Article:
As businesses, schools, and other sectors of life start to reopen during the COVID-19 pandemic, more and more people are looking for ways to safely navigate physical activity while recovering from long COVID. This can be a daunting task with restrictions in place on group sizes, social distancing protocols, and limited knowledge of how Long COVID may affect an individual’s body.
We will provide guidance on appropriate types of physical activity based upon your individual level of recovery from long COVID as well as discuss strategies for managing fatigue and other symptoms associated with long-haulers.
Part I: Understanding Your Body during Recovery from Long COVID
For those who have experienced prolonged symptoms or any kind of relapse after recovering from the initial virus, understanding your body is the first step in navigating physical activity. Long COVID can cause a wide range of symptoms that vary from person to person and may affect other existing health conditions. It’s important to take note of any changes or new sensations in the body and use this knowledge when deciding which kind of physical activity you can safely engage in.
Part II: Strategies for Fatigue Management
Fatigue is one of the most common and debilitating symptoms associated with long-haulers. Engaging in too much physical activity can worsen fatigue, so it’s important to find ways to manage it before attempting any form of exercise. Here are some strategies for managing fatigue during recovery from long COVID:
- Prioritize rest days – Make sure to incorporate days of rest in between physical activity or even alternate days of light and moderate exercise.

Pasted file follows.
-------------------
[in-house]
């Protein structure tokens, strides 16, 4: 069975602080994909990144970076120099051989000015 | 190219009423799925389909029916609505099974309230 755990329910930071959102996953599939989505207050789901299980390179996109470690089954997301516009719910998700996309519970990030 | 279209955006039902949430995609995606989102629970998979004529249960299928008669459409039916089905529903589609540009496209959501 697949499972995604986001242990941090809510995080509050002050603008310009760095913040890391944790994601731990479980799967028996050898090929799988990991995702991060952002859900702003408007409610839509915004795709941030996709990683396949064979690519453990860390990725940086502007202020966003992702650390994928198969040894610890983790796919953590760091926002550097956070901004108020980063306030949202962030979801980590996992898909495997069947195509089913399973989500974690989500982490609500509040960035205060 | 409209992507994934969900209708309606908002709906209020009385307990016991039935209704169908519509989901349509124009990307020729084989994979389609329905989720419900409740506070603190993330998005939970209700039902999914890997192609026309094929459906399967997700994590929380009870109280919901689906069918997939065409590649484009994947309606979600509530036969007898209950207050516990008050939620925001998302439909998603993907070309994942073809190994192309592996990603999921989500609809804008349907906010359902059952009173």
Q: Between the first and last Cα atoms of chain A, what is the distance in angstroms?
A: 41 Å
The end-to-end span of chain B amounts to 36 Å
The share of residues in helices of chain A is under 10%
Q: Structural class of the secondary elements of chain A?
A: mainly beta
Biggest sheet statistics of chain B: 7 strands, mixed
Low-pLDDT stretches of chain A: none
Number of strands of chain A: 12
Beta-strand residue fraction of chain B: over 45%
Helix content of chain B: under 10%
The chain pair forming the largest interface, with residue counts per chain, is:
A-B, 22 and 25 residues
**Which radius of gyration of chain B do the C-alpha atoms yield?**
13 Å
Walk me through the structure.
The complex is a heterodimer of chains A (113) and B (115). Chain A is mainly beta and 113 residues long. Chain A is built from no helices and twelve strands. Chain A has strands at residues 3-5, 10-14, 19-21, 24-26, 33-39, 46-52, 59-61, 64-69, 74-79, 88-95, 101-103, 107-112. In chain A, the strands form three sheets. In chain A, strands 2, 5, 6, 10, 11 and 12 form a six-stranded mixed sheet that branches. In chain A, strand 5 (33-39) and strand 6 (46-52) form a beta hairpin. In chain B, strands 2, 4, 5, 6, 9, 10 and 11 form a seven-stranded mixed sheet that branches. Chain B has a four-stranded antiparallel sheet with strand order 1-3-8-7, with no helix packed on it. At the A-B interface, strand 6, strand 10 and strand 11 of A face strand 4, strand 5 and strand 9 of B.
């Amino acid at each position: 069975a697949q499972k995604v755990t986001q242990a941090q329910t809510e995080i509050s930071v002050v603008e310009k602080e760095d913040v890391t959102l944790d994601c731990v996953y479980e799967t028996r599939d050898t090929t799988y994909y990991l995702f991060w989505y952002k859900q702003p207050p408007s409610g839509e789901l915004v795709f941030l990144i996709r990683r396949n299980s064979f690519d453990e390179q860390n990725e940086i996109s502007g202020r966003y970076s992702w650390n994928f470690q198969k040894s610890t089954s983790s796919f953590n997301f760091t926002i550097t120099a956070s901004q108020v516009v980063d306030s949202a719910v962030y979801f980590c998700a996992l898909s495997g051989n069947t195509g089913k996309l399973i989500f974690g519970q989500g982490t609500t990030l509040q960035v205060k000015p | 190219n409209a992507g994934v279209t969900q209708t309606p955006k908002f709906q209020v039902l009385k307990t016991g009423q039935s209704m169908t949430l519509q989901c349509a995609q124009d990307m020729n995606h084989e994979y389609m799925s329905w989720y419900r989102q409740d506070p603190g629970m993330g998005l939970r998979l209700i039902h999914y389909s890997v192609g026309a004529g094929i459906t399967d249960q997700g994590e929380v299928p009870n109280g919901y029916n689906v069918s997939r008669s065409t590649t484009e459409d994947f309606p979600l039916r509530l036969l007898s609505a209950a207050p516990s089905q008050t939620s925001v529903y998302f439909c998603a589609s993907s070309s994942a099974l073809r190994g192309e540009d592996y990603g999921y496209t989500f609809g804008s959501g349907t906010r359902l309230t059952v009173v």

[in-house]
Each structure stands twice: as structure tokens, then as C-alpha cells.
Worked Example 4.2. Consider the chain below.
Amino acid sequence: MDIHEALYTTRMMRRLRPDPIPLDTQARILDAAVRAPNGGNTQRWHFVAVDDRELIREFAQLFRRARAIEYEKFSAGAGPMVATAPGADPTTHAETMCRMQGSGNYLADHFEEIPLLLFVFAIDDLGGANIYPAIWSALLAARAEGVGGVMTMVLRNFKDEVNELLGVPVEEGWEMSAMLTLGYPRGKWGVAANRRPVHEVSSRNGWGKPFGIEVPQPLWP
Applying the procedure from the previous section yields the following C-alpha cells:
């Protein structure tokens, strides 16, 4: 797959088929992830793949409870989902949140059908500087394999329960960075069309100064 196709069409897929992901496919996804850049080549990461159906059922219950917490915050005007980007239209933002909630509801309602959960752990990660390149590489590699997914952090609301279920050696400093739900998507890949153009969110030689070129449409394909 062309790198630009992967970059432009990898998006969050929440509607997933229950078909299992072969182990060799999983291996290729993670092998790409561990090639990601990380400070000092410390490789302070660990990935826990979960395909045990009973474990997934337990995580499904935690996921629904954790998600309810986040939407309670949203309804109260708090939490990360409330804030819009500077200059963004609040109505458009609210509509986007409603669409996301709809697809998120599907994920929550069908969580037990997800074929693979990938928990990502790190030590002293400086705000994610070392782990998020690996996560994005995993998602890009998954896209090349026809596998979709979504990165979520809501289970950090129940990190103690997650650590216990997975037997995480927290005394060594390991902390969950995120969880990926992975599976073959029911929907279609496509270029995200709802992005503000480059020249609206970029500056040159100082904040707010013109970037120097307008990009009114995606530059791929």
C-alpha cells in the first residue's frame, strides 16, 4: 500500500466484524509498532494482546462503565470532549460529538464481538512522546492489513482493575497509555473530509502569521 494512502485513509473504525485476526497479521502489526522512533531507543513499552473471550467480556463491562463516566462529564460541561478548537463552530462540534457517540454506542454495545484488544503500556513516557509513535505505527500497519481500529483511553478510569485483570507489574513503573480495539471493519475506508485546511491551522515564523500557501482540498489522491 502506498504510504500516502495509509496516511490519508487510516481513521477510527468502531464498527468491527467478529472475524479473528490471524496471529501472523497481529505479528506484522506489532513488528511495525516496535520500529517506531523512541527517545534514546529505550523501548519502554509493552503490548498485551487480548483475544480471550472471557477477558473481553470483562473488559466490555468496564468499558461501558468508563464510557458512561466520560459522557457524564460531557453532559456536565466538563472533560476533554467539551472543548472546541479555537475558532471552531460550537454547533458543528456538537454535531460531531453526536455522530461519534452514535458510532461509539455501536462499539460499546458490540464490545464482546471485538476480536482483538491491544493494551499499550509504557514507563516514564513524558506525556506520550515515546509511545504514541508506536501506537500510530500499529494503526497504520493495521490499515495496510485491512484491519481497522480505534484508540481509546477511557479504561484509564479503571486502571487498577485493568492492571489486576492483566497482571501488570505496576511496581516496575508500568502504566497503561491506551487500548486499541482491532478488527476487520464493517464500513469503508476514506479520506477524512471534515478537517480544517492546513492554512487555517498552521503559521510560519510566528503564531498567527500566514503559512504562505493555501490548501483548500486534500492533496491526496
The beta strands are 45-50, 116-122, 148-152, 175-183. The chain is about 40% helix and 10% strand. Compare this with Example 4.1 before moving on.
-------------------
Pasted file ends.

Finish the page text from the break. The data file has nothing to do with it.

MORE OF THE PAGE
- Move more throughout the day – To combat fatigue, try to move more during your daily activities. This can be as simple as taking a walk after dinner, going for a bike ride on the weekends, or engaging in stretching sessions before bed.
- Get adequate sleep – Make sure you are getting enough quality sleep each night by creating consistent routine and avoiding screens near bedtime.
Part III: Building an Exercise Routine During Long COVID Recovery
Once you have identified your individual level of recovery from long COVID and created strategies for managing fatigue, it is time to create an exercise routine tailored specifically to your needs. There are many types of exercise you can consider as you build your routine. Here are some to keep in mind:
- Low-impact exercises – These include activities such as yoga, tai chi, Pilates, and swimming. They are less likely to cause pain or injury so they can be a good place to start if you have had difficulty with more strenuous activities.
- Resistance training – This type of exercise involves the use of weights or body weight to create resistance which helps strengthen muscles and bones over time. Depending on your condition, this may be done at home or in a gym setting with proper guidance from a professional trainer.
- High intensity interval training (HIIT) – An effective way to burn calories and build strength, HIIT involves alternating between short bursts of high intensity exercises with recovery periods. This can be a great way to challenge your body while still remaining safe.
- Walking or running – These are simple activities that can be done anywhere, anytime. If you are feeling up for it, try setting a goal distance or time to achieve each week.
Navigating physical activity during recovery from long COVID can be a daunting task, but it is possible if you take the time to understand your body, create strategies for managing fatigue, and develop a tailored exercise routine. By doing these things, you will be setting yourself up for success as you look towards improving your health and well-being over time.
Navigating physical activity during Long COVID recovery is not an easy task but it is important in order to maintain your overall health and well-being. By understanding how the virus has affected your individual body and managing your fatigue levels, you can safely create an exercise routine that fits with your current level of recovery from long COVID. With dedication and patience, you can ensure you are on the right track to full recovery.